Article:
For Your Patient

Depression, mania, or hypomania? Signs family, friends should not miss*

Patient could be depressed if he/she:

  • is constantly sad or irritable
  • seems lost, withdrawn, or isolated
  • is preoccupied with negative ideas and concerns
  • persistently feels guilty, hopeless, and helpless
  • says he or she has considered suicide
  • has not been showering regularly or is unkempt (indicates low mood)
  • shows significant changes in sleep
  • moves slowly or sparingly, as if “slowed down” (indicates depressed affect)
  • is often restless (indicating agitated/anxious depression)
  • talks in a low-tone or monotone voice
  • no longer enjoys activities or hobbies he or she once found pleasurable
  • shows significant changes in appetite
  • no longer enjoys sex
  • cannot concentrate or make decisions

Patient could be manic or hypomanic if he/she:

  • seems abnormally hyperactive, restless, and energized, compared with normal self
  • is inappropriately euphoric and jubilant or, on occasion, extremely irritable
  • talks rapidly and excessively
  • often wears clothes that are too bright or colorful
  • seems unusually self-confident, grandiose, and highly distractible
  • shows increased sexual desire
  • is impulsive, increasingly daring, and shows seriously impaired judgment, such as by investing/spending large sums of money for ill-advised reasons
  • seems energetic despite lack of sleep

*If a family member shows any of the above symptoms, get him or her to a mental health clinic as soon as possible. Take the family member to the nearest ER or call your local crisis unit or 911 if you suspect the family member might hurt him/herself or others.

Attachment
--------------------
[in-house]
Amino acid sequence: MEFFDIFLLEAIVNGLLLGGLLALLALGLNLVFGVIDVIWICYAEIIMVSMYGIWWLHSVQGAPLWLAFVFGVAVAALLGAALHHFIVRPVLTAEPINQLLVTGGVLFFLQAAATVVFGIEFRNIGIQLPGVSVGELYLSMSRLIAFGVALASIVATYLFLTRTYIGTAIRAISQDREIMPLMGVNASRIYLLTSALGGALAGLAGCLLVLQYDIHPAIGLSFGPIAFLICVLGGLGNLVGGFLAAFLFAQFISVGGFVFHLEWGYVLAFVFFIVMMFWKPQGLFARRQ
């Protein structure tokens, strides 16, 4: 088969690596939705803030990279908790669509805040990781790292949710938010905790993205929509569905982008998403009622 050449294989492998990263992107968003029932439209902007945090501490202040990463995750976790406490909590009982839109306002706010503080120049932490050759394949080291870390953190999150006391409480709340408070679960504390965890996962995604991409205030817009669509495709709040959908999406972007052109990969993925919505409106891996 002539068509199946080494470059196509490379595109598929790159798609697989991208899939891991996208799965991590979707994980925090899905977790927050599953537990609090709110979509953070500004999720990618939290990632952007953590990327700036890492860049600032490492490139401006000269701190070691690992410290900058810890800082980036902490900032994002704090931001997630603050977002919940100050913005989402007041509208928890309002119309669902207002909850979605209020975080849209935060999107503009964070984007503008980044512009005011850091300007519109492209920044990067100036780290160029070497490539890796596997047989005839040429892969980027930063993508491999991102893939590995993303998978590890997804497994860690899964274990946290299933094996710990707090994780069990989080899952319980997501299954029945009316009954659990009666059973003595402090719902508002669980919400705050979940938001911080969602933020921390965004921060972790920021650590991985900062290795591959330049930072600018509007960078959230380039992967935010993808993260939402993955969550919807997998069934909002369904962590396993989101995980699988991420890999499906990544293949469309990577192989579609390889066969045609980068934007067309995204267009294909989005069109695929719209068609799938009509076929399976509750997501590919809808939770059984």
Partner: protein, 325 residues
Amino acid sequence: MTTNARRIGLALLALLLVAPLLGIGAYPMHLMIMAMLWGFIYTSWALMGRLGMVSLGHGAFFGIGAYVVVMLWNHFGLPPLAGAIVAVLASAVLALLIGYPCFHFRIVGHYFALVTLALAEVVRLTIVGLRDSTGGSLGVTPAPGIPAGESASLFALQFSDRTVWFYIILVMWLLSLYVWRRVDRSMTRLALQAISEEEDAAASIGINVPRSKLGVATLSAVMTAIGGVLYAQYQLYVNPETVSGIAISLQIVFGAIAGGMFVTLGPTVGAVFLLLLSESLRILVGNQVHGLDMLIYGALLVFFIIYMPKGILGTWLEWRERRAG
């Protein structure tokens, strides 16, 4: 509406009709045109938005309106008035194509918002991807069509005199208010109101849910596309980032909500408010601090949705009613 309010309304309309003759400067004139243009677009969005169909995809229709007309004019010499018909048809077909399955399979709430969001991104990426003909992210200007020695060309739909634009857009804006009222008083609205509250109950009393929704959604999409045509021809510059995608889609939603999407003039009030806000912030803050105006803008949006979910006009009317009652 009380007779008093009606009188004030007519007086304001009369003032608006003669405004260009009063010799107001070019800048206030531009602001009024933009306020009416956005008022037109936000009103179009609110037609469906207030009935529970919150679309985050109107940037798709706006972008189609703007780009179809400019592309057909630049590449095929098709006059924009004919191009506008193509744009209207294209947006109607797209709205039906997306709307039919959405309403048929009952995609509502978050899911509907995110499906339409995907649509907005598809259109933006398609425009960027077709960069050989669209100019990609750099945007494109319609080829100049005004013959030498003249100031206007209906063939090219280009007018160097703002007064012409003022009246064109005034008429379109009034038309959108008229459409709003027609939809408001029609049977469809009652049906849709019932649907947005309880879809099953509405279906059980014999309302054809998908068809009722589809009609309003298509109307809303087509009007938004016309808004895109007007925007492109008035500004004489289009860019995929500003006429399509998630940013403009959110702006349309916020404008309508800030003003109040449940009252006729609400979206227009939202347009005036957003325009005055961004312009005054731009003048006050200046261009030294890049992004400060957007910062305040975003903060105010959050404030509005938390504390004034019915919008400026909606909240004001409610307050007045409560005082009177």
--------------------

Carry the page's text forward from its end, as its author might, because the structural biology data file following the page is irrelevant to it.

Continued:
Continued treatment: ‘normal’ again

In addition to the HAM-D, we also administer the Mood Disorder Questionnaire. Results suggest Ms. R does not have bipolar illness.

To address Ms. R’s depressive symptoms, we start the selective serotonin reuptake inhibitor escitalopram at a low dosage (5 mg/d) to avoid exacerbating her anxiety. We discuss the drug’s potential to induce mania, hypomania, or other adverse effects such as nausea, anxiety, sleep disturbance, headache, and sexual dysfunction. Buspirone is maintained at 15 mg bid.

Two weeks later, Ms. R reports some increase in energy and motivation. After another 2 weeks, she reports significantly improved mood and concentration. She consistently falls asleep at 10 PM and sleeps 8 hours each night. She also finds time to read and go out with her friends and she gets along more amicably with her daughters and husband.